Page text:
Some mountain bikes add Di2 shifting with a manual shift lever to also control the power mode. Possibly to keep costs down, Intense instead went with a Shimano SLX mechanical setup and used a STEPS controller for mode control. 


The Tazer is aimed squarely at experienced off-road riders who want an e-bike with great geometry and suspension. It’s also a good way for experienced moto riders to get into mountain biking.


Powering up the bike is done with a silicone-protected button located on the downtube. Remember how the battery is mounted upside down inside the downtube? That means you’re simply pressing a protected button on the battery itself. After you press it, you can’t move the bike or touch the pedals until the motor system has fully started up and zeroed out the torque sensor, lest you get the dreaded “W13” error from the E8000 system.

The first thing you notice when you take off is that the bike doesn’t feel heavy. At 48.5 pounds, it’s heavier than some we’ve tested, but still lighter than many other bikes aimed for this category.
The medium we had actually fit some of our riders who normally like a large. It seems to cover a lot of people with only three sizes. 

Shimano 4-piston disc brakes proved very effective at keeping things from getting out of hand.


The suspension felt really great, really plush, with ample progression in the stroke. We never bottomed out. The ride was lively, and the 64.9-degree head angle was forgiving when we’d be a little too aggressive into a technical section. 

The staggered wheels really work well. We rolled over obstacles we’d normally pull up over, and the back wheels have tons of traction, making controlling speed easy and keeping the rear wheel biting on fast corners. We loved the power of the quad-piston Shimano XT brakes, and there were a couple of times they kept us out of trouble when the plush suspension drew us into corners faster than we liked.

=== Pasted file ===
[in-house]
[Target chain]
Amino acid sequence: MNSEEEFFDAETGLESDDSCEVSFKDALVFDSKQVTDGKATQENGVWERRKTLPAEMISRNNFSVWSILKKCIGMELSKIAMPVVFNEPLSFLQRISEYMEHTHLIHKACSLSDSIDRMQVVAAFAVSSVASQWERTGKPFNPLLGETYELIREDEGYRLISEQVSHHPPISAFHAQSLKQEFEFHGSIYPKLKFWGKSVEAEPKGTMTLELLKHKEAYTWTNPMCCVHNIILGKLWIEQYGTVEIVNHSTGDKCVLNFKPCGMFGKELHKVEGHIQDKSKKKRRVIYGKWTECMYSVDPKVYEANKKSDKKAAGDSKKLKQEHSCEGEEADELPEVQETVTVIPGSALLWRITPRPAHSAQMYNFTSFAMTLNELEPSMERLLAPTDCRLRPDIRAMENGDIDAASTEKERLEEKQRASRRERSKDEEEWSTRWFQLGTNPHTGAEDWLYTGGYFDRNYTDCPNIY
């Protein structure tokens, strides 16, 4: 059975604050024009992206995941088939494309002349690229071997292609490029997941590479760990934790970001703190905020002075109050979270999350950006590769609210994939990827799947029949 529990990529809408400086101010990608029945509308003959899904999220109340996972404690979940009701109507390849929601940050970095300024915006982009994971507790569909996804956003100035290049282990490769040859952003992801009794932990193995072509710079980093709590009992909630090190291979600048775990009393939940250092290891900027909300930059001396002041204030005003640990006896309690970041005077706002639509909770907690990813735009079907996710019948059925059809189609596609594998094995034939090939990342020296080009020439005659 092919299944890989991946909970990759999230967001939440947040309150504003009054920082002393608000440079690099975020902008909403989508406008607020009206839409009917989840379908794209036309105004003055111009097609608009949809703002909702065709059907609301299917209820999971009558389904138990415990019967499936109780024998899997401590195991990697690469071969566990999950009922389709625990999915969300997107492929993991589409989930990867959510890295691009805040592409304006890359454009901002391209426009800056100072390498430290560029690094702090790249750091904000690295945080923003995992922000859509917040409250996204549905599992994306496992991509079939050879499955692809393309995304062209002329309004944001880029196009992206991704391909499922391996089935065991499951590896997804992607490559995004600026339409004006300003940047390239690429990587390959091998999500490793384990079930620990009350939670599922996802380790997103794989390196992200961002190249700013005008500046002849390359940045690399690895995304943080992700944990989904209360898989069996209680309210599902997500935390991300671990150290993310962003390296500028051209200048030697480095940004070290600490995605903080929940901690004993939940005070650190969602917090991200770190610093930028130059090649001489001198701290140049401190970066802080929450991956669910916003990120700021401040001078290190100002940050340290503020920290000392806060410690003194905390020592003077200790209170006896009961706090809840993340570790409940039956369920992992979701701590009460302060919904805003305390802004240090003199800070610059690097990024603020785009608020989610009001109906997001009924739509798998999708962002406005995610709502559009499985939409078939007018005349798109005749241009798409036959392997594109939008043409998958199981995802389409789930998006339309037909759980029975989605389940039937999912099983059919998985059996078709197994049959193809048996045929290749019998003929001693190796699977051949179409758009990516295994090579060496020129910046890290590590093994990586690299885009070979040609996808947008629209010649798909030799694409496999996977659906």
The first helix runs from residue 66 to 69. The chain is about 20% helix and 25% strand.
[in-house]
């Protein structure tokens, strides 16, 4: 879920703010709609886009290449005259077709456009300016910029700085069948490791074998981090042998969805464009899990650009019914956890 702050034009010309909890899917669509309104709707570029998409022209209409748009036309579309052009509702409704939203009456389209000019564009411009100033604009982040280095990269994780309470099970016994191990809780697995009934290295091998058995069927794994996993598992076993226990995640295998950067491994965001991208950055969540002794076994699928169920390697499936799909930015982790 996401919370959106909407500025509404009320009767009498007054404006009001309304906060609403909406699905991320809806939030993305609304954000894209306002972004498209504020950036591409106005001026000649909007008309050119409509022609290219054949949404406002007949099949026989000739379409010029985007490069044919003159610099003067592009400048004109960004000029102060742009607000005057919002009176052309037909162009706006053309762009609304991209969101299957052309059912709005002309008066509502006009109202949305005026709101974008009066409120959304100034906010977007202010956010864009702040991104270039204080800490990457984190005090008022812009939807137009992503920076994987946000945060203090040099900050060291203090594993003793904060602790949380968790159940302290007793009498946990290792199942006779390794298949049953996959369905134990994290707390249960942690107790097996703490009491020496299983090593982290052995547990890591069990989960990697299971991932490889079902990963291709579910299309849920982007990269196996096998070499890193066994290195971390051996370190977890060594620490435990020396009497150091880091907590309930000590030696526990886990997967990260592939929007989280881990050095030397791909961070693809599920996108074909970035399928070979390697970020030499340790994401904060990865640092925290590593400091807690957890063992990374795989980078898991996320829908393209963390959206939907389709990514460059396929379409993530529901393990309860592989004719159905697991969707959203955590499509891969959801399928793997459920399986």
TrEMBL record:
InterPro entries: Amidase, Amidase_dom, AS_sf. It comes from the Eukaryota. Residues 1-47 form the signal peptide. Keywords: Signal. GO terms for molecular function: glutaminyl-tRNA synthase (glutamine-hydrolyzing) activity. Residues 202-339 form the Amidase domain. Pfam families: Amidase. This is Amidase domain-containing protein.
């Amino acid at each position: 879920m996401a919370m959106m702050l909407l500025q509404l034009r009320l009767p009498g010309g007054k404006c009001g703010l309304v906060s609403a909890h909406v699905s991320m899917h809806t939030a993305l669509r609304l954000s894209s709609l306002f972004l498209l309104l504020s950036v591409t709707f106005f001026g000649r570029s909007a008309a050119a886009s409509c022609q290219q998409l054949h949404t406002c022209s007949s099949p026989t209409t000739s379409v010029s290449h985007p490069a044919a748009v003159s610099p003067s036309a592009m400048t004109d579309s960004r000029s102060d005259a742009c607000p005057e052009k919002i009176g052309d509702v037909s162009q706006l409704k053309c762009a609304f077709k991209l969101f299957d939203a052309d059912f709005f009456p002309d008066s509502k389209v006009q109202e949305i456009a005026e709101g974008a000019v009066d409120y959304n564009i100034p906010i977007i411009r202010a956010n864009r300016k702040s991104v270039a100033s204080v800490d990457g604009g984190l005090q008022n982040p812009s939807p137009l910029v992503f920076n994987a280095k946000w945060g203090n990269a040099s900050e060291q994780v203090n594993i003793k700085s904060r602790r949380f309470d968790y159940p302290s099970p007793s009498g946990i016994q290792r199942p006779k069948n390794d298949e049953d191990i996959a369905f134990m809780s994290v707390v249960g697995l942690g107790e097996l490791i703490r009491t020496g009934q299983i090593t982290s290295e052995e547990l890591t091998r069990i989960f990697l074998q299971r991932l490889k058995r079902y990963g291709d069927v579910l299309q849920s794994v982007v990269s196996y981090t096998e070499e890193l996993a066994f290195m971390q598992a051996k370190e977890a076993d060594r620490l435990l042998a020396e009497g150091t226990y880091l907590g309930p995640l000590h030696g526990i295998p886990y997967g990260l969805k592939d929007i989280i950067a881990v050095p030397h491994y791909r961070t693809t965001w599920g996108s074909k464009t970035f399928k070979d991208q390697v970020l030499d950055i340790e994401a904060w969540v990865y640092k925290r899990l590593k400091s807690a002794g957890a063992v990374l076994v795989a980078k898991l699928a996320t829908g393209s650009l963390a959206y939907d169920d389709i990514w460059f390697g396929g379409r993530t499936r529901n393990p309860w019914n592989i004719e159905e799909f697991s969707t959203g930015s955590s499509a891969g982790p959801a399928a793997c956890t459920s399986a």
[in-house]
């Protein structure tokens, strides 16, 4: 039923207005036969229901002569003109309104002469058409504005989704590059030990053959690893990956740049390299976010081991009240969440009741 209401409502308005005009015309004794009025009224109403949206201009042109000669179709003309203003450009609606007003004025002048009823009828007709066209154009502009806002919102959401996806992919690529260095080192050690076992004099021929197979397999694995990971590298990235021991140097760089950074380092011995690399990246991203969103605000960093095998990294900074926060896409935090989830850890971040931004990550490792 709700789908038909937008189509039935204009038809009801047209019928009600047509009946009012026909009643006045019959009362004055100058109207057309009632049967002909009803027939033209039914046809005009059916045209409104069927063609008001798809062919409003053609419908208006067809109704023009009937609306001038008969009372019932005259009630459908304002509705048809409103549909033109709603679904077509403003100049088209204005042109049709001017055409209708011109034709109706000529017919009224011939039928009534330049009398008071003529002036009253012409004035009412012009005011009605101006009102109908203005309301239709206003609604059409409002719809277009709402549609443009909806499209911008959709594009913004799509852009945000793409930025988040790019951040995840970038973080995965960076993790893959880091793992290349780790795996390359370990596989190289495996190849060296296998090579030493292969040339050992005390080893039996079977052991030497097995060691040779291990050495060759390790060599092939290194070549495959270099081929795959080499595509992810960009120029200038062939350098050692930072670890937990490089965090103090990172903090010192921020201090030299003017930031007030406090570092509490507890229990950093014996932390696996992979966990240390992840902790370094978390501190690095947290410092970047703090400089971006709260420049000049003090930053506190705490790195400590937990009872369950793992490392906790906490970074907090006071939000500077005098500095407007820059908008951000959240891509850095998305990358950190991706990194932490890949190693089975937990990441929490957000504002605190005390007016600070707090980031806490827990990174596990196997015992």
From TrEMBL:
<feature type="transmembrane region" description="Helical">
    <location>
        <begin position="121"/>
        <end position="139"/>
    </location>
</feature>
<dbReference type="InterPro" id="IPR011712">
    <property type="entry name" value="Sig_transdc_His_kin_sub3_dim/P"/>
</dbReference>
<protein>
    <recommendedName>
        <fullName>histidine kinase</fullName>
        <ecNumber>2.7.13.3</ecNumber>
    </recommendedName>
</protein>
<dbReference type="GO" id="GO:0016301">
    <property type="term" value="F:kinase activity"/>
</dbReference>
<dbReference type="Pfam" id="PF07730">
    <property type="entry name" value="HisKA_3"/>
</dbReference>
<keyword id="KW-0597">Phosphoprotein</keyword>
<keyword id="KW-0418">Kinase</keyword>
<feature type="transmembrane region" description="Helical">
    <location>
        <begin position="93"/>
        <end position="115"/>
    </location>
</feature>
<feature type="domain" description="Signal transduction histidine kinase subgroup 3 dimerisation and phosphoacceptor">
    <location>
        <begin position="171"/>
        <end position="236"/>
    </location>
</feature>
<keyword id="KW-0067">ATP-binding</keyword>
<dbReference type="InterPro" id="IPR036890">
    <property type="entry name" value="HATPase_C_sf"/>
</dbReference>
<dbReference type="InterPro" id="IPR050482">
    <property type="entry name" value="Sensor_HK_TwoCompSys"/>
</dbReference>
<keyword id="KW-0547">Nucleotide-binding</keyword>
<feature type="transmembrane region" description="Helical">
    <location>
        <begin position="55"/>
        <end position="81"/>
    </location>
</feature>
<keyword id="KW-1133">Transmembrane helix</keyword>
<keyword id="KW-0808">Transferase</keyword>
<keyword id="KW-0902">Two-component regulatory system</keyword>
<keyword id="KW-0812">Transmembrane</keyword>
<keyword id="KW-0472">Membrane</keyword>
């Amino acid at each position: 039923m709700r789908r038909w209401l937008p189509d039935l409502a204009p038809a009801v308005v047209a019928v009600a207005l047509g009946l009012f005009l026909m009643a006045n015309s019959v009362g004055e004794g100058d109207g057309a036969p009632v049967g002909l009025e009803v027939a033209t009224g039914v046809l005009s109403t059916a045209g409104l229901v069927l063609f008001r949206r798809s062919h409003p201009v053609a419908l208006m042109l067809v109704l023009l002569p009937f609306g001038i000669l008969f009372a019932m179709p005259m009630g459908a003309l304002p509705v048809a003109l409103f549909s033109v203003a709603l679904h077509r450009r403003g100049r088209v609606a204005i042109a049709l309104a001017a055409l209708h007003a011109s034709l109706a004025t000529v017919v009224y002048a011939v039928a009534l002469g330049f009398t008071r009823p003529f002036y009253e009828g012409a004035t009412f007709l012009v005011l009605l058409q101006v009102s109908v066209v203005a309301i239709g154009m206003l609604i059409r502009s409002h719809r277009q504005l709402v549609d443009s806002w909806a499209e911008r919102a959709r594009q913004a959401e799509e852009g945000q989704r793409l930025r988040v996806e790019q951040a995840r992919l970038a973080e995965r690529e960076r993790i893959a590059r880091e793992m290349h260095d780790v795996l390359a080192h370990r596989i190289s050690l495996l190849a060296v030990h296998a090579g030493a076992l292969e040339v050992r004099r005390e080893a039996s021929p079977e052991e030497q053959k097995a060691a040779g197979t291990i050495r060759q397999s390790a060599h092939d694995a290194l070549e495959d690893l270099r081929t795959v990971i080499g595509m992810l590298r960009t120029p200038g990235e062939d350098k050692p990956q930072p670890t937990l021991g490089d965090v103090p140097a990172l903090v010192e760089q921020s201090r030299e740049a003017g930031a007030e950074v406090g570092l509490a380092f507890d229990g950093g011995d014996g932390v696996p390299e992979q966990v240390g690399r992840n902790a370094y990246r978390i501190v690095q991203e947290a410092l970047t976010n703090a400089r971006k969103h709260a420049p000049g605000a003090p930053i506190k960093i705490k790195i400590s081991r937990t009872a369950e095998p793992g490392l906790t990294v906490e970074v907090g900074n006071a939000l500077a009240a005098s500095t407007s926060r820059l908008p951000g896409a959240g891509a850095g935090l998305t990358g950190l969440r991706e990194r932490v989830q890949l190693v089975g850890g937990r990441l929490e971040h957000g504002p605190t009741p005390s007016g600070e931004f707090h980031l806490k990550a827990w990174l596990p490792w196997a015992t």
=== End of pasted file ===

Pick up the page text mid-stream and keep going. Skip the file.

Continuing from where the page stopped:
Steering is precise, and the bike responds well to rider inputs, whether that’s steering, weight shifts or lifting the front wheel. Even bunnyhops are surprisingly easier than you’d think with an e-MTB.


All motors have a preferred cadence. The STEPS is no different, providing the best power in any combination of gearing and power mode at 80–90 rpm. There are three modes: The first is Eco, and it provides just enough support to compensate for the weight of the bike. The second is called Trail, and the third is called Boost, which gives you a neck-snapping 90 N/m of torque. It’s almost too much.

We always ride the bikes with stock programming first. Then, we tweak them. Shimano has an app called eTube that allows you to customize the power levels. We left Eco and Boost where they were, but bumped Trail up a notch or two (you can do this in the field) to make it a more usable mode. From there, we kept it in Trail almost 90 percent of the time.

The Tazer comes with a nicely boxed kit with all kinds of goodies—from tools to a shock pump to all the different guides for the bike, the motor, etc.


Climbing was made easy, and the Tazer made its way up the steepest trails we could throw at it. Despite the short rear end, it didn’t have a tendency to loop out. They nailed the bottom bracket height as we rarely spiked a pedal.


The Tazer is a lot of bike for the money. The geometry is nimble yet forgiving. The way this bike is set up makes for a confident rider over everything—dirt, rocks, logs, singletrack. It takes it all in stride. Without a doubt, the Tazer is definitely aimed at the more experienced, hardcore rider, but thanks to the handling and suspension, it is also a bike that would be the perfect tool for the less experienced rider to get better.



Price: $7590

Motor: Shimano StEPS E8000, 250W

Battery: Shimano STEPS E8010, 504 Wh

Charge time: 4–5 hours

Top speed: 20 mph

Range: 20–40 miles

Drive: Shimano SLX, 11-42, 11-speed

Brakes: Shimano XT 4-piston hydraulic discs, 203mm (front and rear)

Controls: Shimano STEPS

Fork: Fox Factory e-bike 36 Float, Kashima, 160 mm, Fit Grip2, 15QRx110 BOOST, 51mm Offset 

Rear shock: Fox Factory Float DPX2, Trunnion Mount, EVOL, 3-position Lever 185x55mm

Frame:  Tazer Optimized Carbon 29” Front and 275+ Rear Triangle, Enduro link Pivot System, Downtube Flak Guard Armor, Internal Derailleur, Brake, Dropper Post, and Display Unit Routing, ISCG 05 Mount, 150mm travel. 

Tires: 29X2.60, Minion DHR II front, 27.5X2.8, Minion DHR II rear

Weight: 48.5 lb. (medium without pedals)

Color choice: Silver/black 

Sizes: S, M, L